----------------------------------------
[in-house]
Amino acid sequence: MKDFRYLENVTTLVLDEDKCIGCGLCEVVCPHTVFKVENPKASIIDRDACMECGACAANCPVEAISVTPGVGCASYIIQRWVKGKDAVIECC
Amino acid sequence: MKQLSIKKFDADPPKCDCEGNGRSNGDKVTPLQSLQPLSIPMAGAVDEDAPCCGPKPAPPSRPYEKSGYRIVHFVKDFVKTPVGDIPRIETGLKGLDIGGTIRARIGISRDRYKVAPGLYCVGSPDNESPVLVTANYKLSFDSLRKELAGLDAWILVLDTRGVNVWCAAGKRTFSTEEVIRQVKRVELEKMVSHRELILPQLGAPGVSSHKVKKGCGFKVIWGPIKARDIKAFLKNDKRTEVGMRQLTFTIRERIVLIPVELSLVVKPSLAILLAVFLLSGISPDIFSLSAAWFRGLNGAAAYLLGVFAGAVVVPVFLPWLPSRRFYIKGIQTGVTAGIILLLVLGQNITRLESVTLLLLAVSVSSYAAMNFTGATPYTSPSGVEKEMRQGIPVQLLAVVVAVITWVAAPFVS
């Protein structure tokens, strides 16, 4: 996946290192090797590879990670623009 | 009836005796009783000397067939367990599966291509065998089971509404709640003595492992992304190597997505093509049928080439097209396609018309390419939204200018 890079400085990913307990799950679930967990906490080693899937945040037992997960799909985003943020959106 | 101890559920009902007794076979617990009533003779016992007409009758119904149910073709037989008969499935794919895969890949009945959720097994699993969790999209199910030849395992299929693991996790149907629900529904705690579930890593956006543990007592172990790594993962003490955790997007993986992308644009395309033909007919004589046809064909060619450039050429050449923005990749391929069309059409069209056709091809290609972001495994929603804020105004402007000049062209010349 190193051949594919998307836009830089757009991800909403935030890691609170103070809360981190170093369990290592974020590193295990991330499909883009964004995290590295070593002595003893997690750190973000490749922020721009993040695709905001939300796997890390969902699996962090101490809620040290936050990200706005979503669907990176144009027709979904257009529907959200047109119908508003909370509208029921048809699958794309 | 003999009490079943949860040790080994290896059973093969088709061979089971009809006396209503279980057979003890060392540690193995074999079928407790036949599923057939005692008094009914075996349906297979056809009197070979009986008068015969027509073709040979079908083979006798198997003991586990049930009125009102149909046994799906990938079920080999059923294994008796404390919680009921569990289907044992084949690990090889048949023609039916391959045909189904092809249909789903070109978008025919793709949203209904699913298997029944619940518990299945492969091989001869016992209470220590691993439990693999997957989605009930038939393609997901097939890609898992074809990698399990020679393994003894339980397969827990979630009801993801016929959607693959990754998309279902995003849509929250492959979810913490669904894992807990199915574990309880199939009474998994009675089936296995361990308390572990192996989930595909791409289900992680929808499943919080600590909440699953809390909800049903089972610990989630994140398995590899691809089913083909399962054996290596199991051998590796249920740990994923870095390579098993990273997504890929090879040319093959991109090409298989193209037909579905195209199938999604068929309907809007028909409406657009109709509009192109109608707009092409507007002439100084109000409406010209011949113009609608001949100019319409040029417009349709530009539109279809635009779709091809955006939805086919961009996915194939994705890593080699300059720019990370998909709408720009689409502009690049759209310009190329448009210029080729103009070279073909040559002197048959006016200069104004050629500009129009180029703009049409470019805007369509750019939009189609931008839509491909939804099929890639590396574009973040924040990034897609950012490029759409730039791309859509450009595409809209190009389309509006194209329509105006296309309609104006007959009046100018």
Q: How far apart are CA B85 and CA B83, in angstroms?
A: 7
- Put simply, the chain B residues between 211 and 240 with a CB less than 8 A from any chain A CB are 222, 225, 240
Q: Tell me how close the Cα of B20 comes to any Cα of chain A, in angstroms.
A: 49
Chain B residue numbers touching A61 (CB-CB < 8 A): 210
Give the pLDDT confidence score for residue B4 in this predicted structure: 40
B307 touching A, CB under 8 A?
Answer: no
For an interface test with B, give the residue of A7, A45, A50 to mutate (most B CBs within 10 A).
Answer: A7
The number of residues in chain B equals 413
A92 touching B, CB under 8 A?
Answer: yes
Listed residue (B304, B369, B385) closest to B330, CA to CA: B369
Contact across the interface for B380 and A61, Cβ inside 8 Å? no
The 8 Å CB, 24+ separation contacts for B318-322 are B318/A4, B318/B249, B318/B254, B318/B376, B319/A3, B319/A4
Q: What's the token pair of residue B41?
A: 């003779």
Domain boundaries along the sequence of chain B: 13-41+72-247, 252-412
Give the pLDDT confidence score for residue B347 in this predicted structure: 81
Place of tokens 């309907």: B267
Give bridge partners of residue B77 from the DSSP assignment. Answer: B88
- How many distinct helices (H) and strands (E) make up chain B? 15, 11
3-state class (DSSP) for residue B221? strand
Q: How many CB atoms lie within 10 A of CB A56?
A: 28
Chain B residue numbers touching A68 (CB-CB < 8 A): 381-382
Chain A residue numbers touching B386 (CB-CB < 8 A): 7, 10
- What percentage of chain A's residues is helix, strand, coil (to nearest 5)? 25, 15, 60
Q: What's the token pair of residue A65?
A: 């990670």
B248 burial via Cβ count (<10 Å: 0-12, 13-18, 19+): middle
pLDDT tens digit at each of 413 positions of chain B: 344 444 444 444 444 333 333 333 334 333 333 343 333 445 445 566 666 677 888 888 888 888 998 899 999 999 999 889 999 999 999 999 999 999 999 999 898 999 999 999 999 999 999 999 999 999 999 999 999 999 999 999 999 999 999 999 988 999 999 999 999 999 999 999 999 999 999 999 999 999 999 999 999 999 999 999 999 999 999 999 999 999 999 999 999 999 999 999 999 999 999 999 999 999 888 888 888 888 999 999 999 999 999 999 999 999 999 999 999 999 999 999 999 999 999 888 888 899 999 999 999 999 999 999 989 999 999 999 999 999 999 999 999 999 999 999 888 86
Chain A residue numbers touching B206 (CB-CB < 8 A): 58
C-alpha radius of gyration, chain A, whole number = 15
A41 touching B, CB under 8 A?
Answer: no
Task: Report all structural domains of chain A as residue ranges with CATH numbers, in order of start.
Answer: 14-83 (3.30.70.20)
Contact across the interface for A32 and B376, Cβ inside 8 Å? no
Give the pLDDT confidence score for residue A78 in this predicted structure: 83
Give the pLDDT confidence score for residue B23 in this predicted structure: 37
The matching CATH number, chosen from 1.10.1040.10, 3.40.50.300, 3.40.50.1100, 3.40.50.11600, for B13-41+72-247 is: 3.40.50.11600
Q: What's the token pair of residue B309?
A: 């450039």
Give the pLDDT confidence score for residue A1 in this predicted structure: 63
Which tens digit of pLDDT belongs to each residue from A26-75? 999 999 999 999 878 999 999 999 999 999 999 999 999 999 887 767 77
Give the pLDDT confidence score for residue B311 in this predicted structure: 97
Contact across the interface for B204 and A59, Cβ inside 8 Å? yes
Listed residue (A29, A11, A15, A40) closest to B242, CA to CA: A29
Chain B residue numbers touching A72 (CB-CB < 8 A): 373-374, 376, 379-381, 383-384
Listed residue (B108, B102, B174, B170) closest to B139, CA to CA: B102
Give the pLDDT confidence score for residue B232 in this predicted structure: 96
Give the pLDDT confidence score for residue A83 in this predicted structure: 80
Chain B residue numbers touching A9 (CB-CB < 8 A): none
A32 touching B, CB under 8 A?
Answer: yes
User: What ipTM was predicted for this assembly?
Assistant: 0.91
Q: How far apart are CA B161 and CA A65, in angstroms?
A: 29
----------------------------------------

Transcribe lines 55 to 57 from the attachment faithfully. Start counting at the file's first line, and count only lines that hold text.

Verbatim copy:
Listed residue (A29, A11, A15, A40) closest to B242, CA to CA: A29
Chain B residue numbers touching A72 (CB-CB < 8 A): 373-374, 376, 379-381, 383-384
Listed residue (B108, B102, B174, B170) closest to B139, CA to CA: B102